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Journal of Phlebology and Lymphology

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Evaluation of hepatitis B markers and reactivation of hepatitis B infection in non-hodgkin lymphoma patients treated with rituximab: a single-Center study

Author(s): Sinem Namdaroglu*, Gizem Yıldırım, Füsun Gediz and Oktay Bilgir

Purpose: To assess the frequency of hepatitis B infection reactivation and to evaluate the alterations in hepatitis B virus (HBV) infection markers in non- Hodgkin lymphoma (NHL) patients treated with rituximab-based chemotherapy (R-CT).
Methods: Retrospective analysis was performed using data derived from the medical records of 180 NHL patients (89 women, 91 men) who received RCT in the hematology department of a tertiary care. The baseline descriptives, clinical data, and laboratory data, including NHL subtypes, chemotherapy cycles and regimens, HBV infection markers, HBV reactivation indicators, antiviral prophylaxis, and prognostic outcomes were noted.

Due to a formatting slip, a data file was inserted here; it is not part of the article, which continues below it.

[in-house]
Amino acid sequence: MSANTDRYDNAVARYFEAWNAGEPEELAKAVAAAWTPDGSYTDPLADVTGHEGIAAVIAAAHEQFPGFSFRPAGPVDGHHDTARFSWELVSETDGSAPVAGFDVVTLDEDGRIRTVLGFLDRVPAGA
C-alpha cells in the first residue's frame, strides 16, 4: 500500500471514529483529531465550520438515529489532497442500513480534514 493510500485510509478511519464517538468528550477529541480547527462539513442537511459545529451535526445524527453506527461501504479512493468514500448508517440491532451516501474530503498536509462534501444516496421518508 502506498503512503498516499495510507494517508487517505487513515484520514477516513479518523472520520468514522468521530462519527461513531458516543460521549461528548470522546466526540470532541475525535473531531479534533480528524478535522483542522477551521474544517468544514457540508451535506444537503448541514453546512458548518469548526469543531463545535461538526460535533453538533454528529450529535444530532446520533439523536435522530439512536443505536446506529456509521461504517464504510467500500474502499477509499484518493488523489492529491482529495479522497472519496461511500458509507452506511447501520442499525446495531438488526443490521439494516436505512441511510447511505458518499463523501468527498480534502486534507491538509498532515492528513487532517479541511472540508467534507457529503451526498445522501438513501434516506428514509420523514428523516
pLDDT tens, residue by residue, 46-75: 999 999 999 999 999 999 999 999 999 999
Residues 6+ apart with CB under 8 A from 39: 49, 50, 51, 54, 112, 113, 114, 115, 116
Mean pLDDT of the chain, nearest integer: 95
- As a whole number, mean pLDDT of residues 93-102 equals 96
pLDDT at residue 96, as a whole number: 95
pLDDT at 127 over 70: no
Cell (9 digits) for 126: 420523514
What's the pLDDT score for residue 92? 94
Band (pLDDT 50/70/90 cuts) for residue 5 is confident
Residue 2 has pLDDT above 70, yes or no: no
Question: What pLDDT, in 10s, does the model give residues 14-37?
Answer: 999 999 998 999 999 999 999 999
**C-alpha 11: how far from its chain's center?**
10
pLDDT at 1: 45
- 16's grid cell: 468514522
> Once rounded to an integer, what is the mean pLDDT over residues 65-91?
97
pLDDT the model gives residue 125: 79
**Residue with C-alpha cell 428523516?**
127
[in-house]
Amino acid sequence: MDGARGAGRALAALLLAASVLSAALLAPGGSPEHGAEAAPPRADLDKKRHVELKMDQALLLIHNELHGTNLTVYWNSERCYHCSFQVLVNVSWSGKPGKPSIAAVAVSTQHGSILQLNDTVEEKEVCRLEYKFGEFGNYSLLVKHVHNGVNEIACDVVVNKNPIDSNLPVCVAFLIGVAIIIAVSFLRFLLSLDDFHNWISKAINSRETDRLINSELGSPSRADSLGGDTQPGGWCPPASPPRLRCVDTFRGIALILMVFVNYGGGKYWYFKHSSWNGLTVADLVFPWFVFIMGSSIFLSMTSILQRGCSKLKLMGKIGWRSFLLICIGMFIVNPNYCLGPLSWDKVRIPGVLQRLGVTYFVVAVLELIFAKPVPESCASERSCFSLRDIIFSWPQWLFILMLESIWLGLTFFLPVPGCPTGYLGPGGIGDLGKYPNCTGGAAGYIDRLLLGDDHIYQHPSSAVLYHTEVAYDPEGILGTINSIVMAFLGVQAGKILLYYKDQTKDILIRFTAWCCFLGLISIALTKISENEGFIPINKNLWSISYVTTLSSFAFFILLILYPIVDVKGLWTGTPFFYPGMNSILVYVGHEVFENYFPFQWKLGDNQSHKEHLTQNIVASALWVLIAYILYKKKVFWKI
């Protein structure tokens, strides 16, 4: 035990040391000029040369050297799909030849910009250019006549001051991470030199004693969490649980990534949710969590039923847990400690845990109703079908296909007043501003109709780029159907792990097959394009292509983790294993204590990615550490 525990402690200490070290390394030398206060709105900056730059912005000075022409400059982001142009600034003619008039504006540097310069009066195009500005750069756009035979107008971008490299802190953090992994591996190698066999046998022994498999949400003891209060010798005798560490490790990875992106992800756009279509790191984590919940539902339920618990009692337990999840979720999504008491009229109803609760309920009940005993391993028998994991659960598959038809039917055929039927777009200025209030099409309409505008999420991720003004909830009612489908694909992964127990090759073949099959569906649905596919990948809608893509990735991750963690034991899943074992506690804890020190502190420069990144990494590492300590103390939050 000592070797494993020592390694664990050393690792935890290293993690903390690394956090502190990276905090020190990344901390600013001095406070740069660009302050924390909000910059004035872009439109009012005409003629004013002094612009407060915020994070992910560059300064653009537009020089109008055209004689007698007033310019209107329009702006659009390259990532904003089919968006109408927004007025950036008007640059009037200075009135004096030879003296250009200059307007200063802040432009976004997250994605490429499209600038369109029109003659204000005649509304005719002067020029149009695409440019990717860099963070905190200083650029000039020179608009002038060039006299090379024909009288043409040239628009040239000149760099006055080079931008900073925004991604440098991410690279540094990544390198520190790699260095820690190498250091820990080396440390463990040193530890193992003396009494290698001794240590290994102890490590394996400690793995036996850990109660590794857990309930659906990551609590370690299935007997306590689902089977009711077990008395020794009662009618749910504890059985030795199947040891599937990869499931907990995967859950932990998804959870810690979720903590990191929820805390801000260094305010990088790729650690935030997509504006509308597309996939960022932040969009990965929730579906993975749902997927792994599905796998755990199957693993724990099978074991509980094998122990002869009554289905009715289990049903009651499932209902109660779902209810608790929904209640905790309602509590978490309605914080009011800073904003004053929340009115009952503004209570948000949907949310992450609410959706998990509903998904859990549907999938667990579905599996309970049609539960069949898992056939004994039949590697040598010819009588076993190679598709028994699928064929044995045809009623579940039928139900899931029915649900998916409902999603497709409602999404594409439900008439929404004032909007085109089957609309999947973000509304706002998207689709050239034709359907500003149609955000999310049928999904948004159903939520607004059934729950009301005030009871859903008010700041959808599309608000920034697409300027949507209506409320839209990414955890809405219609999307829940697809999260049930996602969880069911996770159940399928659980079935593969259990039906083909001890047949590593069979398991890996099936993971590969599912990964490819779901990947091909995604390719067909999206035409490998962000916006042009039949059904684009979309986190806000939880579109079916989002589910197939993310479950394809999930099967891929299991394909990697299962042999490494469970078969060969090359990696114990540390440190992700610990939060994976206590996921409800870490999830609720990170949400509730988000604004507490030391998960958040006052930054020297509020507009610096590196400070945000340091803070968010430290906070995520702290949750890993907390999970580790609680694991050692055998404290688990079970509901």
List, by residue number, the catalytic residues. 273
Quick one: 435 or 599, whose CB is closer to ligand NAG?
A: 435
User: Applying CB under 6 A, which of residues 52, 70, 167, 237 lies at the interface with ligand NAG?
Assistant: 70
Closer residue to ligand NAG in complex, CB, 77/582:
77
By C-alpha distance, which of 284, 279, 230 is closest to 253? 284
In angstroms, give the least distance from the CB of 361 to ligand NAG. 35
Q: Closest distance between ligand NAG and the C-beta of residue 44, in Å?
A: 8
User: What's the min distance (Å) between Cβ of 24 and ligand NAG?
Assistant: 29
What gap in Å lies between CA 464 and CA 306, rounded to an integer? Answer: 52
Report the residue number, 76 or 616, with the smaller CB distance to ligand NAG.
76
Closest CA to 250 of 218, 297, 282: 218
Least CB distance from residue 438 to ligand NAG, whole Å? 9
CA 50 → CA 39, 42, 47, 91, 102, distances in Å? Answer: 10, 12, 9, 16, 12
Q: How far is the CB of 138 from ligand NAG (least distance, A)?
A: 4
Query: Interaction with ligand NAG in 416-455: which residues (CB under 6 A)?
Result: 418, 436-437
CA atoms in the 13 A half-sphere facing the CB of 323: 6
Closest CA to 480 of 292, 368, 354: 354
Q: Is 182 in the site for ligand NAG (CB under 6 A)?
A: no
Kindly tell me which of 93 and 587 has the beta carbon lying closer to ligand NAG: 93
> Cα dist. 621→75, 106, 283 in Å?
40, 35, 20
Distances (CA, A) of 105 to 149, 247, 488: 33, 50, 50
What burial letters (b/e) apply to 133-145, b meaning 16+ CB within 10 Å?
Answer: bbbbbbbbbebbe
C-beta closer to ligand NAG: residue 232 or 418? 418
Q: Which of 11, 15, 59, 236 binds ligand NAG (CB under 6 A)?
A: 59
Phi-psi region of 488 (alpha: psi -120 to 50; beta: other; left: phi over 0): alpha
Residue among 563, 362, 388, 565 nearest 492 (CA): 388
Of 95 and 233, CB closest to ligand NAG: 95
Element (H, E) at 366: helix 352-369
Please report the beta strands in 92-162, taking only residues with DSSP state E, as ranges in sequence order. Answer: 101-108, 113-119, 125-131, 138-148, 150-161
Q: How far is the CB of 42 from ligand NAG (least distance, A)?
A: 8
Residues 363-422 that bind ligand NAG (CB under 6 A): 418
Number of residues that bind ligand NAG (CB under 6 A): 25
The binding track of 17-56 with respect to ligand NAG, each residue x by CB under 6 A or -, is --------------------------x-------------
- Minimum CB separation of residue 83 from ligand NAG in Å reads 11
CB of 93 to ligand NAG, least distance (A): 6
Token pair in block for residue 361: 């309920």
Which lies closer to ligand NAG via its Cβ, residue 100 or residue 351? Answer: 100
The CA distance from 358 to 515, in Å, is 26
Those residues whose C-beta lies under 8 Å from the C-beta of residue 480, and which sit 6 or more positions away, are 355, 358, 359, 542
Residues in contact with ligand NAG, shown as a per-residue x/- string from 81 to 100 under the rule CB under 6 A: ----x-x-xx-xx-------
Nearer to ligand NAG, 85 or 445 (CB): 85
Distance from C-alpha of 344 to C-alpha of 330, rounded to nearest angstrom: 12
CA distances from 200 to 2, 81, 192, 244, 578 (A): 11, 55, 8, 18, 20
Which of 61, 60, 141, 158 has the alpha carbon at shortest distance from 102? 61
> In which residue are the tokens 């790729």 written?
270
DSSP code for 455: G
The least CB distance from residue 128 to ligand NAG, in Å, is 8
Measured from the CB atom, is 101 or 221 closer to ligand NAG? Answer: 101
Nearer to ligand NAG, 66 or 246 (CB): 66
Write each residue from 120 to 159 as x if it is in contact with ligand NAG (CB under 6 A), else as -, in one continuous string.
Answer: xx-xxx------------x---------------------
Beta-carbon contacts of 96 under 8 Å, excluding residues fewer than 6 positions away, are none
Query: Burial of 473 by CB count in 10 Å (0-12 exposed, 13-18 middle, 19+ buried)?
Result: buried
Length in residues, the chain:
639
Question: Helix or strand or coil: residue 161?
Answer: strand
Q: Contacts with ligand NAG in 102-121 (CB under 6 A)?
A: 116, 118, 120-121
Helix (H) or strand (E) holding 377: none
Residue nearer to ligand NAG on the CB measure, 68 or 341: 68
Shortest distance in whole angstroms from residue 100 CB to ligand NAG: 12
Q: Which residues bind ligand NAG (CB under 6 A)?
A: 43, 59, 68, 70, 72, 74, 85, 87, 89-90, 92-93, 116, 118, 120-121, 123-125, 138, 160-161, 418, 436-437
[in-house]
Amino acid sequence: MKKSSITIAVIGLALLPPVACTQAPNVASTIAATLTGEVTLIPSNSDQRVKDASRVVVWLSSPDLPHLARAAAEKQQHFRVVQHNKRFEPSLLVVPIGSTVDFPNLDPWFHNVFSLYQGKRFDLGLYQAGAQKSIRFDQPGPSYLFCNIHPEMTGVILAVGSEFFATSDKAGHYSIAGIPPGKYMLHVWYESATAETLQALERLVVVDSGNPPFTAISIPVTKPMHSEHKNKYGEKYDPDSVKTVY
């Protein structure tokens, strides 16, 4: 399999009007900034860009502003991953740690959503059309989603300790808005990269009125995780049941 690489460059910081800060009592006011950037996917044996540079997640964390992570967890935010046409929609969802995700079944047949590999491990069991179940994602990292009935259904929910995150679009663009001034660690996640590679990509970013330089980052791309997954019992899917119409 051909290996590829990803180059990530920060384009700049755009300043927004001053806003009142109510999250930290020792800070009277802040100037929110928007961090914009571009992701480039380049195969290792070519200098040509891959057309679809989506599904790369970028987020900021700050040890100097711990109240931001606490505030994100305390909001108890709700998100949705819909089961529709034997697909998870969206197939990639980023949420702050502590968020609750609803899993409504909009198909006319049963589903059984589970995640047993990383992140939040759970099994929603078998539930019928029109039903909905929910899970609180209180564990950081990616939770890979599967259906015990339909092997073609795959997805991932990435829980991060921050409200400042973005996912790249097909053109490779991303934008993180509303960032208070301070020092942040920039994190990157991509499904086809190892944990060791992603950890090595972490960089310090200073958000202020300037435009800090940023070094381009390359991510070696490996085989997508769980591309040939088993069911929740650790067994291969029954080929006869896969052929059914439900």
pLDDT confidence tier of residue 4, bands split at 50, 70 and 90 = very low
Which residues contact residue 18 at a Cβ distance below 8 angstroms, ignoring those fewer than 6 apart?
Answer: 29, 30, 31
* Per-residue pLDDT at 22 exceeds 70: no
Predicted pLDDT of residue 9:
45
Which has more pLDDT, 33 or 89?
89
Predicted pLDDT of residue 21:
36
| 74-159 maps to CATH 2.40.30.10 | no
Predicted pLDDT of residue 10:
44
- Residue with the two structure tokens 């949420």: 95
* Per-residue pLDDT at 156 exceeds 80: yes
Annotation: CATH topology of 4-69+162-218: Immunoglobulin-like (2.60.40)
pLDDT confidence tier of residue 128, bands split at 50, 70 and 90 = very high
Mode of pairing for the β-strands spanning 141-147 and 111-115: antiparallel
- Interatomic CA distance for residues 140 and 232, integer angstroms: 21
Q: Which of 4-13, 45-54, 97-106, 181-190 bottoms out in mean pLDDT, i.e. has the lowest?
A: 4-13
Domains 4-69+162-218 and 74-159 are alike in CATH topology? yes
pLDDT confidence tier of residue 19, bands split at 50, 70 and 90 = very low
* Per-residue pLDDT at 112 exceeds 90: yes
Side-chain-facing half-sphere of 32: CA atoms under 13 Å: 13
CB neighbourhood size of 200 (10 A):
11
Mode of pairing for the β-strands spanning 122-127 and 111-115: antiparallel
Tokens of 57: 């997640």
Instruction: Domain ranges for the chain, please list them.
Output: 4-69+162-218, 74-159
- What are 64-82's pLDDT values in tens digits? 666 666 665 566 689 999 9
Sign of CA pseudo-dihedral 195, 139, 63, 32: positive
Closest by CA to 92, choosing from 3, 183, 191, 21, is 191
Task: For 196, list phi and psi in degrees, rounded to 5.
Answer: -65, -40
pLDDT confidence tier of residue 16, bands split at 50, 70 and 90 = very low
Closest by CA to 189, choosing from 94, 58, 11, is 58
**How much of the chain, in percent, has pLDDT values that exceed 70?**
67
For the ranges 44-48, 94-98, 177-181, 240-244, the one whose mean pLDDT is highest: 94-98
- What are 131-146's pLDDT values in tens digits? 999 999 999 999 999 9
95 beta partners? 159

Results: The average age was of 180 61.19 ±14.02 (range: 21-94) and the most common diagnoses were diffuse large B-cell lymphoma (n=108, 60%),marginal zone lymphoma (n=25, 13.9%), chronic lymphocytic lymphoma (n=18, 10%), lymphoplasmocytic lymphoma (n=4, 2.2%), and mantle cell lymphoma (n=4, 2.2%), respectively. Positivity rates for HBsAg, anti-HBs, and anti-HBc IgG were 8 (4.4%), 59 (32.8%), and 53 (29.4%), respectively. Isolated positivity for HBc IgG was detected in 14 (7.8%) patients. Antiviral prophylaxis was administered in 30 cases (16.7%) and entecavir (n=21), lamivudin (n=8) and tenofovir (n=1) were given. In case of viral reactivation (n=4, 2.2%), entecavir treatment was successful and no mortality associated with fulminant hepatitis or hepatic failure were reported.
Conclusion: We conclude that NHL patients receiving R-CT must be closely monitored for reactivation of HBV infection. Antiviral prophylaxis must be initiated without delay in selected cases and careful follow-up of these patients is crucial to minimize morbidity and mortality.

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